ISSN 0439-755X
CN 11-1911/B

Acta Psychologica Sinica ›› 2019, Vol. 51 ›› Issue (3): 353-365.doi: 10.3724/SP.J.1041.2019.00353

• Reports of Empirical Studies • Previous Articles     Next Articles

Daily negative affect and emotional labor strategies

FANG Yanran1,WEI Wei1,LUO Ping1,LIU Xiaodong1,SHI Junqi1(),ZHAN Yujie2   

  1. 1 Lingnan (University) College, Sun Yat-sen University, Guangzhou 510275, China
    2 Lazaridis School of Business and Economics, Wilfrid Laurier University, Waterloo 22120, Canada
  • Received:2018-04-20 Published:2019-03-25 Online:2019-01-22
  • Contact: Junqi SHI


Emotional labor refers to the process of regulating both feelings and expressions in response to the display rules for promoting organizational goals. Instead of conceptualizing emotional labor as a stable behavioral tendency, the current study applied self-regulation theory to understand emotional labor (expressing proper emotion at work) as a self-regulation process, and specific emotional labor strategies (i.e., deep acting and surface acting) as approaches employees use to cope with negative moods on a daily basis.
By surveying 210 customer service representatives of a call center for fourteen consecutive workdays, this diary study examined a multilevel model of daily emotional labor, with morning negative affect as a within-person level predictor, and employee job tenure and emotional intelligence as between-person level moderators. Specifically, the main effects of daily negative affect on emotional labor strategies were reflected by mean values of the random slopes at the within-person level. To test the cross-level interactive effects, the random slopes of “morning negative affect-daily emotional labor strategies” relations were regressed on job tenure and emotional intelligence; the interactive effects were indicated by significant effects of between-level moderators on given within-level random slopes.
Results showed that service employees were more likely to engage in deep acting on days when they experience lower levels of negative mood. Further, job tenure and emotional intelligence significantly attenuated the negative effect of morning negative affect on daily deep acting. Specifically, the negative relationship between morning negative affect and daily deep acting was weaker (versus stronger) for employees with longer (versus shorter) job tenure, or higher (versus lower) emotional intelligence. Additionally, employees’ emotional intelligence also moderated the relationship between morning negative affect and surface acting, but in different directions. To be concrete, for employees with higher emotional intelligence, there was a positive relationship between morning negative affect and daily surface acting; whereas the relationship reflected a negative trend for employees with less emotional intelligence.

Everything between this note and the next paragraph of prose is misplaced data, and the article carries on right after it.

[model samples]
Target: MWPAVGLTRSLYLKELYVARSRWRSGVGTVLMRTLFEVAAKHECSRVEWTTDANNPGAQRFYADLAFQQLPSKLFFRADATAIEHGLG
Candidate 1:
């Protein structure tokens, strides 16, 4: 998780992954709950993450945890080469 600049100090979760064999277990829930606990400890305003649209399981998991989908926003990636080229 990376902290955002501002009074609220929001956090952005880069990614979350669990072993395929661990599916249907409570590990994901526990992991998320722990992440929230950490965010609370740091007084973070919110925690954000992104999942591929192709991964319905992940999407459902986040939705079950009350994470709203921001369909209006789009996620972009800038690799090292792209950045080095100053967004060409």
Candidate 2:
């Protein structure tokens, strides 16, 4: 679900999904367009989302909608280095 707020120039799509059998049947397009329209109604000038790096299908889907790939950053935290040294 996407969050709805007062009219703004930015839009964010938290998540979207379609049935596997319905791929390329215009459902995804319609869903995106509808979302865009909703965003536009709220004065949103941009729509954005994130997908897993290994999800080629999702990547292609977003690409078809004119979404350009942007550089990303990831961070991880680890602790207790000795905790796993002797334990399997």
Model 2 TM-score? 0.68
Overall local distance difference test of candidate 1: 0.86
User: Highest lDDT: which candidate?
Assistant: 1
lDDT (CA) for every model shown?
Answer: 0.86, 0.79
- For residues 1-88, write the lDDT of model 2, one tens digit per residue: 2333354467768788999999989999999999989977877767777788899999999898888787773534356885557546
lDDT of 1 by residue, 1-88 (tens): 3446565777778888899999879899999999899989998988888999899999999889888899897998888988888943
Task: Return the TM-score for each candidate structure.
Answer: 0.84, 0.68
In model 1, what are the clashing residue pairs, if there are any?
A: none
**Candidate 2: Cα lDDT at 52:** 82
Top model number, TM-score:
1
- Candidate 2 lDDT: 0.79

The current study contributes to the literature of emotional labor in several aspects. First, drawing on self-regulation theory, the current study conceptualized emotional labor as a coping strategy in employees’ daily self-regulation process. In conceptualizing deep acting and surface acting as coping strategies consuming different levels of resources, the current study provided a resources-based mechanism underlying the “negative affect-emotional labor strategy” linkage. Second, the current study also investigated cognitive resource (i.e., job tenure) and self-regulation resource (i.e., emotional intelligence) at the individual level as boundary conditions that shape the impact of daily negative affect on emotional labor strategies. In doing so, we were able to support the resource-based theoretical mechanism between the “negative affect-emotional labor strategy” linkage, and expand the literature on emotional labor.

Key words: daily negative affect, emotional labor strategies, job tenure, emotional intelligence

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